Whenever I am asked to single out my favorite design trends, I often dither. What constitutes a trend? Conversely, whenever I am asked about my least favorite trends, I snap right back without a moment’s hesitation: taxidermy.
In the last ten years, taxidermy has become cringingly ubiquitous, an international symbol of hipster glam. Opening an artisanal cocktail den? Hang a bison on the wall and toss a jaunty hat on its horn. Furnishing your rock star lair? A crouching tiger sets the tone. Need an Instagrammable selfie for your burgeoning lifestyle brand? Jet to Deyrolle in Paris and pucker up.
Looks cool, right? Not to me—to me it’s a depressing ode to animal cruelty. So when I opened my March/April issue of Dwell, the sharing, caring, thinking man’s design magazine, and read editor-in-chief Amanda Dameron’s provocative question, "Should Animals Act as Decor?" my brain began to tingle. As the old cliché goes: Sunlight is the best disinfectant. My hope is that shedding light on the ethics of the trend will cut the cool factor. An unsettling image in the issue featured a (formerly) regal lion haunting the corner of a groovy living room. The homeowner inherited the trophy from his grandmother, who hunted it herself many years ago. I too had an intrepid, interesting grandmother. Luckily, she was a bit more Danish Modern than Safari Chic, so all I inherited from her was a Bernard Buffet print and some great Bjørn Wiinblads. No moral conundrum for moi.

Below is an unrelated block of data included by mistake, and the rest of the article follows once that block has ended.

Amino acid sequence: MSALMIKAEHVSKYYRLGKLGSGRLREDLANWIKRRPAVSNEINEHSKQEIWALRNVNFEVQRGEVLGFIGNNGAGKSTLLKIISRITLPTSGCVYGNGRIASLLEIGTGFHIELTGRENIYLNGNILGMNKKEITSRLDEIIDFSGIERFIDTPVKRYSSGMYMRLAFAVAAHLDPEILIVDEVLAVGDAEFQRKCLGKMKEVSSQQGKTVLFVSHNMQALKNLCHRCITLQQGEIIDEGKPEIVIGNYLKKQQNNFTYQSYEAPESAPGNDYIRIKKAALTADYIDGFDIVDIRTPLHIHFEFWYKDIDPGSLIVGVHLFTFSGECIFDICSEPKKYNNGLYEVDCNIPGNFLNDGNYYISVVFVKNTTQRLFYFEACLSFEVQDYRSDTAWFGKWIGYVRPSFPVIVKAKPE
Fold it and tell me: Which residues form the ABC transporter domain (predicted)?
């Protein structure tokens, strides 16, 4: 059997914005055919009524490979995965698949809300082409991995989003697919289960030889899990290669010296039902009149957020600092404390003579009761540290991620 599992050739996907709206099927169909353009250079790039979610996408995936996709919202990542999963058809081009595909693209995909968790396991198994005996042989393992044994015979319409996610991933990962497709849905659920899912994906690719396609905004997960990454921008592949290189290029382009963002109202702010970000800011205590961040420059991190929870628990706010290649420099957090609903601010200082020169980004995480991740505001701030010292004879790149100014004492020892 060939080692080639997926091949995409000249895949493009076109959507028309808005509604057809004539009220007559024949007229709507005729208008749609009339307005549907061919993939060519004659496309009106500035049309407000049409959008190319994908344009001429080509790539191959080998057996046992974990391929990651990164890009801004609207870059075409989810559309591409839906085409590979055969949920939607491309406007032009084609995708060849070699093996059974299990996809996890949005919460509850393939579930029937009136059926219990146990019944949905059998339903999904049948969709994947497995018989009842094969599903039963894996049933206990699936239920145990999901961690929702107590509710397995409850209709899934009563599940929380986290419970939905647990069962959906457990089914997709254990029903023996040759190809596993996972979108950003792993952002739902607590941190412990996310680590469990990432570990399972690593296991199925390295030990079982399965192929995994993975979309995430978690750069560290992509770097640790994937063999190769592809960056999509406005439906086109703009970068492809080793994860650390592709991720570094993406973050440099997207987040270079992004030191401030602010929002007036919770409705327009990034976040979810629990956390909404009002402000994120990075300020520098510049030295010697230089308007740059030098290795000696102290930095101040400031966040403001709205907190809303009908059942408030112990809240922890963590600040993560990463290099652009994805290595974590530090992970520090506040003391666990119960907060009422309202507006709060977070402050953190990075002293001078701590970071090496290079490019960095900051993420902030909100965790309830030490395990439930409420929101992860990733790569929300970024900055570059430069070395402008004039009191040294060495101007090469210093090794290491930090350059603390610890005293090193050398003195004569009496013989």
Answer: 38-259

Like many issues, taxidermy is . . . complicated. I was born and bred in rural America. My neighbors dined on venison under the watchful eyes of stuffed bucks. I eat meat and wear leather, but I would never wear fur. We all set our own limits.
My solution: Replace your conquest with a creative and cruelty-free homage to majestic creatures. Mount a plywood deer head, lounge on a zebra rug woven from llama’s wool, festoon with my Glass Menagerie Horse sculpture. Biophilia is the theory that humans have an innate need to commune with non-human animals, that there is a primal and energizing connection. But I think taxidermy misses the point of biophilia. A dead giraffe presiding above the mantle? Deeply upsetting. A giant Sergio Bustamante brass giraffe sculpture? Nirvana!